Pasta with bacon, onion and... fresh artichokes

Discussion in 'Recipes' started by chrisbelgium, Sep 4, 2011.

  1. chrisbelgium

    chrisbelgium

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    I found some very small fresh artichokes in my "etnic" foodshop, our supermarkets don't carry these. Their "bulb" is about a handfull, so much smaller than the fullgrown ones. There's much less waist in preparing these than the big ones too. It's a 2 persons recipe, I used only 4 artichokes, that's more than enough.

    Start by cutting a lemon in two. One half serves to rub immediately on the fresh cuts you make in artichokes. Squeeze the juice out of the other half in a bowl of water. This lemon water will keep the prepared chunks from turning all brown.

    Cut at least 1/3th from the top of the bulbs and throw it away. The green artichoke will now show some nice purple colored leaves in the core.

    Peel a number of the outer leaves so everything now looks fresh and new on the whole bulb. Use a very sharp paring knife to trim the bottom part and peel the thin stalk. Do keep the stalks on! Now cut from top to bottom through the stalks and again to quarter them. There may be a very little hay or beard or whatever you call it inside the core. You need to cut that out. Cut each quarter again from top to bottom another 2 times. You now have thin slices of artichokes. Put them in the lemon water asap.

    You can blanch these small artichokes, they are even eaten raw in salads. I chose to fry them in a pan with olive oil on low fire, together with 4 unpeeled cloves of garlic. The artichokes may take a while to soften. Sprinkle with lemon juice. I made this the day before and stored them in the fridge.

    Start cooking the pasta, I used a ribbon pasta but any one you like will do perfectly.

    In a pan with olive oil, fry some very thinly sliced halved red onion and equally very thinly sliced bacon. Do use a low fire and let it all fry a long time. Add a pinch of dried oregano. Bacon and oregano is a match from heaven! Also, add a tbsp of fresh chopped oregano and black pepper. When the onion and bacon is done, add a dash of white wine, let the alcohol evaporate and add 2 tbsp (or more if needed) of the cooking water of the pasta. Add a tbsp of good butter, let cook untill it forms an emulsion with the rest of the liquid. Add pasta and fold through the artichoke preparation.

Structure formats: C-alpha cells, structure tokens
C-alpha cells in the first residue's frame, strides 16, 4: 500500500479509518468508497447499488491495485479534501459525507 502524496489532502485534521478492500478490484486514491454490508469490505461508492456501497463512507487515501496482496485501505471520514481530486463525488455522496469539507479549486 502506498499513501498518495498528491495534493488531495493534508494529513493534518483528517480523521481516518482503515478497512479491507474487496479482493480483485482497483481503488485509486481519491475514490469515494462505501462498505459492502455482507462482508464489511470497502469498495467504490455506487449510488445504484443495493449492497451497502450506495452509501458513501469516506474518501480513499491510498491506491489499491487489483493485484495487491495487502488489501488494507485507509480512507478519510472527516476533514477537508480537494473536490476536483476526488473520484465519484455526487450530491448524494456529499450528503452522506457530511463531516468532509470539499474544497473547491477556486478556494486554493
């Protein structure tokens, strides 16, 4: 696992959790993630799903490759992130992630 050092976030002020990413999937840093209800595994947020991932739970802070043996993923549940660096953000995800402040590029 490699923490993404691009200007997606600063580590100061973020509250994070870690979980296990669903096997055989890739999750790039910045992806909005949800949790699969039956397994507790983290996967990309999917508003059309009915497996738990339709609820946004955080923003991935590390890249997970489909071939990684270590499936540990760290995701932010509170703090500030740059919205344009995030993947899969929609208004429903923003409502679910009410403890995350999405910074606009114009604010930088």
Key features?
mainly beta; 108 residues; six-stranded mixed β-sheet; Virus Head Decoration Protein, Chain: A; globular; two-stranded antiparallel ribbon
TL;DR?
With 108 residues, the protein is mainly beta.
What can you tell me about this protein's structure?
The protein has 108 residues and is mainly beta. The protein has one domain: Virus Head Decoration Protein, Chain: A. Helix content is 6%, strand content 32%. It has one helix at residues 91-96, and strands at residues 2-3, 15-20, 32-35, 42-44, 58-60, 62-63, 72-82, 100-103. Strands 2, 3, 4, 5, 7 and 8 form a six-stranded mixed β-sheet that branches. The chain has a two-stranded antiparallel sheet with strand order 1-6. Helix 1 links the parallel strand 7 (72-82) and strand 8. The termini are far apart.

Plate, add parmezan cheese, a few turns of black pepper, drizzle of olive oil.

    One of the best tasting pasta dishes I ever put together. (Click on the image to enlarge)

    [​IMG]
     
    gourmetm likes this.
  2. shnooky

    shnooky

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    This sounds very different but good, I've never even come close to thinking of putting bacon in pasta, I can't really imagine how it would taste, the combination of everything anyway.

    Thanks for the recipe.
     
  3. koukouvagia

    koukouvagia

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    People have been putting some form of bacon in their pasta for ages.  Italians use pancetta which is like cured bacon but not smoked.  Personally I'm not a fan of pancetta and so I use good old american smoky bacon for anything that calls for pancetta.  It's used in carbonaras, you can even put bacon in your mac n' cheese to jazz it up. 
     
  4. chrisbelgium

    chrisbelgium

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    Couldn't think of a better answer KKV, thanks.
     
  5. boar_d_laze

    boar_d_laze

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    I was going to make artichoke paella with chicken tonight.  Maybe I'll use bacon or prosciutto (which I can get more cheaply and conveniently than Spanish ham) instead. 

    Artichoke takes to garlic very well, and I'm more likely go that way than using lots of onions.   

    Artichokes are a tough pairing.  There's a flavor component in there which makes a lot of wines -- especially whites -- taste overly sweet, almost as though they were madeirized.

    BDL
     
    Last edited: Oct 13, 2011
  6. pohaku

    pohaku

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    Try using Guanciale if you can get it.  Hog jowl cured like pancetta - not smoked.  Used for pasta all'Amatriciana.  Really great stuff.
     
  7. boar_d_laze

    boar_d_laze

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    Hmmm.  I say hmmm, and hmmm again.  Good thought.  Let's run the numbers. 

    Claro's has guanciale, but Claro's is almost ten minutes away and I don't need anything else they sell -- at least not today.  Tropicana, which has decent domestic "prosciutto," is about two minutes away and also has good produce -- including chokes.  It's not the deli Claro's is by any means, but Tropicana does have good, cheap Manchego, fresh batards, and a great selection of olives.  In other words, everything I need for tonight. 

    Guanciale, for all it's fatty goodness, doesn't currently reside in either of our refrigerators; but one of them does have a couple of "bacon of the month" offerings inside.

    Since the intended dish is paella con alcachofa, and I'm both enough of a Spanish food traditionalist and so lazy that schlepping an inch out of my way for anything non-Spanish is unlikely.